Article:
self on the first date
You need the sun if you want to stop
fast action. The sun wins every single time.
The way it stands above you like everything
is going as planned as thought how it shines
on pregnant women on broken bikes
and bones on unplanned pregnancies. I’m
sweating underneath the same purple pleated skirt
I got hit by a car in or collided with a car in
or the sun opened its mouth blew me
to the ground in. It looks different tonight.
Some kind of photo grid meant to be read
from right to left.
And I keep telling the story of being hit by a car
because I don’t know the name for not remembering
if the driver had his blinker on. I couldn’t stop
then I fell on the left side. In the street
like that one so close to where I work
a pregnant woman stops to ask if I’m okay.
The shape of her stomach from the concrete
view. A coffee mug.
This is what comes to me in a dream: a huge belly
by an old dentist husband who is expecting
with his new lover. Going alone to appointments
walking around the office without a ring on.
Would the accident have meant more if it were fatal?
There has to be a poem in looking this good
then dying on a bike. No helmet but a purple
pleated skirt. Sometimes at the light, my thick
thighs wear my shorts and men beep.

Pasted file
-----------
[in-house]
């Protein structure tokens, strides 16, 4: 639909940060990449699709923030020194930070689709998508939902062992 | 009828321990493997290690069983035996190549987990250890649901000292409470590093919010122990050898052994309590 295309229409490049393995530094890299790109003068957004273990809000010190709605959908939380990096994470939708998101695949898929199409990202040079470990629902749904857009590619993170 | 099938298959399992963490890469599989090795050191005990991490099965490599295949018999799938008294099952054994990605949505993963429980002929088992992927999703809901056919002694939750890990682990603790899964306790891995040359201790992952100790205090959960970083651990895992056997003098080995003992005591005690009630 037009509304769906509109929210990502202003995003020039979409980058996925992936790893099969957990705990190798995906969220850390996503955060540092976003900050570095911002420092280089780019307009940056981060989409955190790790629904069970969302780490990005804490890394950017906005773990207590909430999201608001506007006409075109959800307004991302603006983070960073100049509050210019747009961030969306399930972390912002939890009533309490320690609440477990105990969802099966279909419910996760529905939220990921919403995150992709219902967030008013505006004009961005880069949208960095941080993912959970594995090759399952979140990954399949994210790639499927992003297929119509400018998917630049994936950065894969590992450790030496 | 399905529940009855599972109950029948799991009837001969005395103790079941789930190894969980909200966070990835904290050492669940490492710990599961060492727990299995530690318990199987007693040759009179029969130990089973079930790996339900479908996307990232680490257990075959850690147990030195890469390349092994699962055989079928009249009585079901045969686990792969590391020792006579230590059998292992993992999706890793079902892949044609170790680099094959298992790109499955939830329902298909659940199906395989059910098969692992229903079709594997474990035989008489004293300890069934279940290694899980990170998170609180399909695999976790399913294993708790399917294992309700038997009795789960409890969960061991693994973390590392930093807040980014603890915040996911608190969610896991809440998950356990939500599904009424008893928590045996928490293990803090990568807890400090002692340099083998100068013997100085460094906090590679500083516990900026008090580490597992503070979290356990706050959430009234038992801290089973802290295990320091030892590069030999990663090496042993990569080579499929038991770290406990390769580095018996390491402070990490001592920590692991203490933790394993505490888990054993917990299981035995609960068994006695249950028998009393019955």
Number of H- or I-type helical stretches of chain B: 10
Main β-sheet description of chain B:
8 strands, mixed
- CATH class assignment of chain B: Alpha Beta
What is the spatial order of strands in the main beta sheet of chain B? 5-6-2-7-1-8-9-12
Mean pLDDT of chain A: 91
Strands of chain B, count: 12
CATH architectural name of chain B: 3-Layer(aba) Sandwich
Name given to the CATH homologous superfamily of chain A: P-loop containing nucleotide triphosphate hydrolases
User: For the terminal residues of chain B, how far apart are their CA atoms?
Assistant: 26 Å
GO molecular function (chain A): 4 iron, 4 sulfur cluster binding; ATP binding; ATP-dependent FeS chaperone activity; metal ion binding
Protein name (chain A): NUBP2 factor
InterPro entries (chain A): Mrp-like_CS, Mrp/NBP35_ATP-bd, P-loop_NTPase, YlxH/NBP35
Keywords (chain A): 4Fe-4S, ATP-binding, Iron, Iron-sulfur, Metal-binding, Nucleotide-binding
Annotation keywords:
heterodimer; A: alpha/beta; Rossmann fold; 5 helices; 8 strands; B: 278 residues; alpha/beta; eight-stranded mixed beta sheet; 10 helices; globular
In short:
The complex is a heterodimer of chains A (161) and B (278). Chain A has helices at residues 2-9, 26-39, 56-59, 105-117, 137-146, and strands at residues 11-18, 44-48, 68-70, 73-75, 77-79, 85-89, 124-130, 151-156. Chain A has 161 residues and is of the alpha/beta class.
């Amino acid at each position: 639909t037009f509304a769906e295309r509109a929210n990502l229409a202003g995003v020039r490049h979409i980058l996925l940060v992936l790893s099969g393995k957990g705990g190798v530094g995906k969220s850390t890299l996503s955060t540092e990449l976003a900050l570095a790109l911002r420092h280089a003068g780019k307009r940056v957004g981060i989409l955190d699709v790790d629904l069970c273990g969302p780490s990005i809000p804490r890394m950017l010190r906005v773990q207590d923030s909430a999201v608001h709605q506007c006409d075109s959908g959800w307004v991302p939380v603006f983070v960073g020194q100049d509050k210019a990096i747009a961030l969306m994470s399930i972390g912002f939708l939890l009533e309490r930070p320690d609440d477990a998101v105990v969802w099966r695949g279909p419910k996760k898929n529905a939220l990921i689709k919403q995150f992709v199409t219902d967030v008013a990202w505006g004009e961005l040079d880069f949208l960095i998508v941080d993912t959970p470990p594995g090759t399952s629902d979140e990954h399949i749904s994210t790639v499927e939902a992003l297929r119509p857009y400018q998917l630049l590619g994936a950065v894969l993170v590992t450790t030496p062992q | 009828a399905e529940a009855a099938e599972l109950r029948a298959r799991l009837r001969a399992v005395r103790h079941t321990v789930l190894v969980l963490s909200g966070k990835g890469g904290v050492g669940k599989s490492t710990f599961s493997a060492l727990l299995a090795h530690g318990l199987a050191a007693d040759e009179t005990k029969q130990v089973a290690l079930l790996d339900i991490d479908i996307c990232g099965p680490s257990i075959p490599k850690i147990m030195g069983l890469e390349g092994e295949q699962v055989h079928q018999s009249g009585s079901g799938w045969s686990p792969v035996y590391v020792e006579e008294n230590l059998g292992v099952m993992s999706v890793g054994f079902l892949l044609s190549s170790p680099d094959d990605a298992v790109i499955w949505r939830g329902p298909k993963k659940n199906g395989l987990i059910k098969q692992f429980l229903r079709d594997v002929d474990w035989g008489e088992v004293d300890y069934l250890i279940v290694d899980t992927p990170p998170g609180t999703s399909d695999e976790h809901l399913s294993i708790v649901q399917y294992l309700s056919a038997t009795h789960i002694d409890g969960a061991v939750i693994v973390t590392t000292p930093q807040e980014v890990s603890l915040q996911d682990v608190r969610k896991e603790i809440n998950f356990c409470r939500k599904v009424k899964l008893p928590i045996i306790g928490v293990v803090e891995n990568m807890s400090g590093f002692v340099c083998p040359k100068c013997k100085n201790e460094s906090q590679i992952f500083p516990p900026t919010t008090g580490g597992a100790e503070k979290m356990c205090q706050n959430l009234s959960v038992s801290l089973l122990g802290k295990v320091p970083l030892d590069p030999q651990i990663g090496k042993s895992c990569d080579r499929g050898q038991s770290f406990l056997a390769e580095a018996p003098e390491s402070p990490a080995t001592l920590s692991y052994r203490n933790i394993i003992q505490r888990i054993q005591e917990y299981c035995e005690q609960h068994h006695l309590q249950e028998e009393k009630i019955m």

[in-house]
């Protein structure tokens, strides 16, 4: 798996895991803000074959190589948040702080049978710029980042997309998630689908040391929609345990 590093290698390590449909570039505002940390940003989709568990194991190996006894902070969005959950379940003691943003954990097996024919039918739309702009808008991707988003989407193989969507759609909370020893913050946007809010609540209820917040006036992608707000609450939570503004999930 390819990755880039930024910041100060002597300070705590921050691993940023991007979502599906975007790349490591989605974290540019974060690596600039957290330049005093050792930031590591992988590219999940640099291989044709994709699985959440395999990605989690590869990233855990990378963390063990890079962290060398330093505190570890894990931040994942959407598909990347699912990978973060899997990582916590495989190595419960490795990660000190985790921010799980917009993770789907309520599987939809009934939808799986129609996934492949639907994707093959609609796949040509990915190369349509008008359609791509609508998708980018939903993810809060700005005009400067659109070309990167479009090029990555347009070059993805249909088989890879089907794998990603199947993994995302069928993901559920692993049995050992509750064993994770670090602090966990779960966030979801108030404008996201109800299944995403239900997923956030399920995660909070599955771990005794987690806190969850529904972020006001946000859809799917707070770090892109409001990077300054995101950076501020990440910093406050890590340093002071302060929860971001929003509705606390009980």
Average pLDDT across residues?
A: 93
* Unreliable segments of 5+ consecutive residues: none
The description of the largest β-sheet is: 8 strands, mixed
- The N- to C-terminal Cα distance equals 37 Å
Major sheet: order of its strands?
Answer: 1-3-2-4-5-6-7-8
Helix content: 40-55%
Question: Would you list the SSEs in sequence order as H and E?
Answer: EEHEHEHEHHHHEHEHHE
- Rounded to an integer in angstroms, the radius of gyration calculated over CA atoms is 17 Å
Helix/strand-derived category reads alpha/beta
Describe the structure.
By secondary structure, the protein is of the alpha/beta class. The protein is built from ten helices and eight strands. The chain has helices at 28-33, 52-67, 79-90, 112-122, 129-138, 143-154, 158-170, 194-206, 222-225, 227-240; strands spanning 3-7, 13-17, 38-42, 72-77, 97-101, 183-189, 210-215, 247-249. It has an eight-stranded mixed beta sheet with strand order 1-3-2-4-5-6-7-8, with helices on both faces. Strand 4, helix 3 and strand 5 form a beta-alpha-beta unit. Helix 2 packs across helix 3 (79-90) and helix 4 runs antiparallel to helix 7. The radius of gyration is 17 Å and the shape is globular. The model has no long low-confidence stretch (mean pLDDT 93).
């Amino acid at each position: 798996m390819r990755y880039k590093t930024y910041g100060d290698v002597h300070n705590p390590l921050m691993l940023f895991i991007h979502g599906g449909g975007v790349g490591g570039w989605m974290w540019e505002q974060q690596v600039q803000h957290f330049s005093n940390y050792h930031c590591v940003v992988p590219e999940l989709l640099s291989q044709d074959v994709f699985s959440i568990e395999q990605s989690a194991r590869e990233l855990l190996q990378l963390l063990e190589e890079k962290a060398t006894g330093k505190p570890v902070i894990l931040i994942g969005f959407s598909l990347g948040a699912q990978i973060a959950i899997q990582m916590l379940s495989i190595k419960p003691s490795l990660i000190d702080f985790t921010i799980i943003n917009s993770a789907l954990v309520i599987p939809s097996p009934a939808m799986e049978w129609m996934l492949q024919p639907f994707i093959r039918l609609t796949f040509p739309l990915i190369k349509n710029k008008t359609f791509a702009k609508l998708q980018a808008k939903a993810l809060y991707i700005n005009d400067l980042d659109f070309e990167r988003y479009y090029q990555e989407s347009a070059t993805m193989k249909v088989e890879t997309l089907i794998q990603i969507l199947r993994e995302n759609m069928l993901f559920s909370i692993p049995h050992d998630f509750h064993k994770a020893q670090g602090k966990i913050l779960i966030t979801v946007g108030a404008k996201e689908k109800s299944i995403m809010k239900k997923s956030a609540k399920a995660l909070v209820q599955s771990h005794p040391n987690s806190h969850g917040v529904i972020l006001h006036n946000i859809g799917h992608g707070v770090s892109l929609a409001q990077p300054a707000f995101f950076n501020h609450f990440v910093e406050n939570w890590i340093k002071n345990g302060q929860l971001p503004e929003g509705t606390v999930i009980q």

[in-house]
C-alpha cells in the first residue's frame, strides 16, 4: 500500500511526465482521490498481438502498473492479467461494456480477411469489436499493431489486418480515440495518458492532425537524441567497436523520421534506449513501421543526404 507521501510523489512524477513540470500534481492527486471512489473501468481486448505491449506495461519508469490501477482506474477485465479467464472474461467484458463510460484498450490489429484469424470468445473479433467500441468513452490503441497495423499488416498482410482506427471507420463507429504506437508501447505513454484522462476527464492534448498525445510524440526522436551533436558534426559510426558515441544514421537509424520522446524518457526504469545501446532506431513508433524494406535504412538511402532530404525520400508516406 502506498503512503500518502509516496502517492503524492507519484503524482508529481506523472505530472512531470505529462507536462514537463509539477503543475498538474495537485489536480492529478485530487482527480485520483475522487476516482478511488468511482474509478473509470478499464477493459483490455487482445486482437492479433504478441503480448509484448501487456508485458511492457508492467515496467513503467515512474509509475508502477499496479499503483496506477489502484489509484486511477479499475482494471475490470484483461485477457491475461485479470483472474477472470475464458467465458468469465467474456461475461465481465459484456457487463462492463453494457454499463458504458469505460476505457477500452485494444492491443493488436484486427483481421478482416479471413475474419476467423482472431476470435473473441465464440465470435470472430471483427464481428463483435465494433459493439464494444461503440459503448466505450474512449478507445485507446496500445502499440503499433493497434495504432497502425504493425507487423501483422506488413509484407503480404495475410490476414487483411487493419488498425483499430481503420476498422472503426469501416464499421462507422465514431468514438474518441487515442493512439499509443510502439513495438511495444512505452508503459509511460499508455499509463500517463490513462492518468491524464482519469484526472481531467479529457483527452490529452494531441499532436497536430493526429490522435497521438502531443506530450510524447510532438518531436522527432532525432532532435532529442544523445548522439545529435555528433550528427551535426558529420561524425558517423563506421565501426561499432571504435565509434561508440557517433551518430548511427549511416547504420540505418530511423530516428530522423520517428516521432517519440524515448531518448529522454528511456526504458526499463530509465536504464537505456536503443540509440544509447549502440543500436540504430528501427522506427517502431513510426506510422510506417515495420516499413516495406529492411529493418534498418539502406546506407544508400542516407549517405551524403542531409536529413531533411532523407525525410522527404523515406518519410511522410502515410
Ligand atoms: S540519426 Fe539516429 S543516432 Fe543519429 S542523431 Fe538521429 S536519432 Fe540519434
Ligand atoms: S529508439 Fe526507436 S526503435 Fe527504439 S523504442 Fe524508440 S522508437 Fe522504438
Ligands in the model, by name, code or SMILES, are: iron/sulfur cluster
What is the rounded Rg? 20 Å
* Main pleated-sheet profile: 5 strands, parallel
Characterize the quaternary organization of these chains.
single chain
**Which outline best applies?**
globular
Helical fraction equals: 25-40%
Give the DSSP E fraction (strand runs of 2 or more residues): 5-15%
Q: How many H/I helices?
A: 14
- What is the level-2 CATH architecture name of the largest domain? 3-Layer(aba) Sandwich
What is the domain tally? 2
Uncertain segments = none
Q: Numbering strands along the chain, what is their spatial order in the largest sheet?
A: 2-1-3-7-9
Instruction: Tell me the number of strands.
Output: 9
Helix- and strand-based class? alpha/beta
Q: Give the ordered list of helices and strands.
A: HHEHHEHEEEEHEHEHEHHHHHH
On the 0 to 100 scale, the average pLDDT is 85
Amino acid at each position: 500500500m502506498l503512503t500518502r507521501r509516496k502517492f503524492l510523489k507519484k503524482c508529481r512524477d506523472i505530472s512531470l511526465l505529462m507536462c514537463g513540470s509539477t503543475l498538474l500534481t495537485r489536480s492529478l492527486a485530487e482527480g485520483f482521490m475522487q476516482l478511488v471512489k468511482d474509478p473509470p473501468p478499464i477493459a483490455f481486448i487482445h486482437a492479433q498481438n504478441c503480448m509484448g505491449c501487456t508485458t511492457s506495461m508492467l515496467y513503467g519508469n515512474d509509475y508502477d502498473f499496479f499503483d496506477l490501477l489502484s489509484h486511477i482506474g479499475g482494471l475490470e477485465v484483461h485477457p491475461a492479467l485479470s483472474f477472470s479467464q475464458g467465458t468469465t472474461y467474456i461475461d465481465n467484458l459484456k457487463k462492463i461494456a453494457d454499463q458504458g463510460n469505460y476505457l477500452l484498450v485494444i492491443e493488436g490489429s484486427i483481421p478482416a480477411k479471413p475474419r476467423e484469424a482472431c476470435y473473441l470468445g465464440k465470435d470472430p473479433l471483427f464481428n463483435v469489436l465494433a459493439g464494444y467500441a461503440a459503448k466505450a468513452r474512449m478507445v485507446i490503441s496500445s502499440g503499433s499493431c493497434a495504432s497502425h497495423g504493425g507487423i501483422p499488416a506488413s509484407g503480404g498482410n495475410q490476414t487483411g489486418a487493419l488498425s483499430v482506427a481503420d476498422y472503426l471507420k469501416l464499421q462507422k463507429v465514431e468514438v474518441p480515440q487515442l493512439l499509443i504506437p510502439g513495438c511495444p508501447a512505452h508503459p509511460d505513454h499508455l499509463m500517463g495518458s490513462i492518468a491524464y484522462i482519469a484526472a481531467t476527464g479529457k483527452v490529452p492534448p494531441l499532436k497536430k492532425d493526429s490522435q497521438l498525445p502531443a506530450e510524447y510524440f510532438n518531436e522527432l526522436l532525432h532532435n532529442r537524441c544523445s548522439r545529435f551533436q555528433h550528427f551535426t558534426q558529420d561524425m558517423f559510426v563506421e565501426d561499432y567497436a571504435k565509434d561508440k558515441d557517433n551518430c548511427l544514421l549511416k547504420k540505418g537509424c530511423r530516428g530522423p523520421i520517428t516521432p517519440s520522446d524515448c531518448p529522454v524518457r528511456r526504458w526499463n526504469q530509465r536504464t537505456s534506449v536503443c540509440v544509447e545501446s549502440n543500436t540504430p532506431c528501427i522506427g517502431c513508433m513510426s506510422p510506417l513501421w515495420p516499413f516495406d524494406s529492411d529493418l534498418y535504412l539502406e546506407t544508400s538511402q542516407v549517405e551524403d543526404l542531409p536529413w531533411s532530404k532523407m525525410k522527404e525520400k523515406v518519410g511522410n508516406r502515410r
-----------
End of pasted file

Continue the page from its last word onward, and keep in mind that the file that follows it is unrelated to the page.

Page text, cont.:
Photography is not about moments.
The rule of thirds makes a perfect sunset.
The worst time to take a photo is in the
middle of the day. I don’t carry mace.
The first thing you touch at the bar is my hair.
You unearth what you name volume. You
are named after a saint who carried a sword.
The second thing you touch is my lips.
I want to take a photo of you. All directives come
together. Fill the frame let the subject dominate
the image. Get as close as you possibly can.
The third thing you touch is a complex area
named by Natacha in high school. Chichos.
You reference conflicts in the Middle East.
There’s no time for spot metering. Your eyes
are moving too fast, you’re casting all the light
even when you describe me as full of hope labeling
everything as up and coming as on the rise
as getting there. I’m ignorant to international
conflict. I started in the womb with my own.
Mostly unaware but I know trauma. Bullet wounds
in Beirut. Bullet wounds in Boston. Your sword
is in the way you stare with openness.
Men don’t share where I’m from.
I feel your knuckles as if I know how a surgeon’s
knuckles should knead. I think they’re soft and
you show me every spot where they are not. I want
to lick the redness until I see a boy on the train ride home
staring out the window. His father wants to know
if there’s anything good out there. Horrible
he whispers, but he doesn’t turn his curly head.
Shauna Barbosa is the author of the poetry collection Cape Verdean Blues (University of Pittsburgh Press, 2018). Her poems have appeared or are forthcoming in Tupelo Quarterly, The Southeast Review, Boulevard, Lit Hub, Lenny Letter, Awl, Colorado Review, Virginia Quarterly Review, Foundry, Wildness, The Atlas Review, PANK, and others. She is a 2018 Disquiet International Luso-American fellow. Shauna received her MFA from Bennington College in Vermont and currently resides in Los Angeles, California.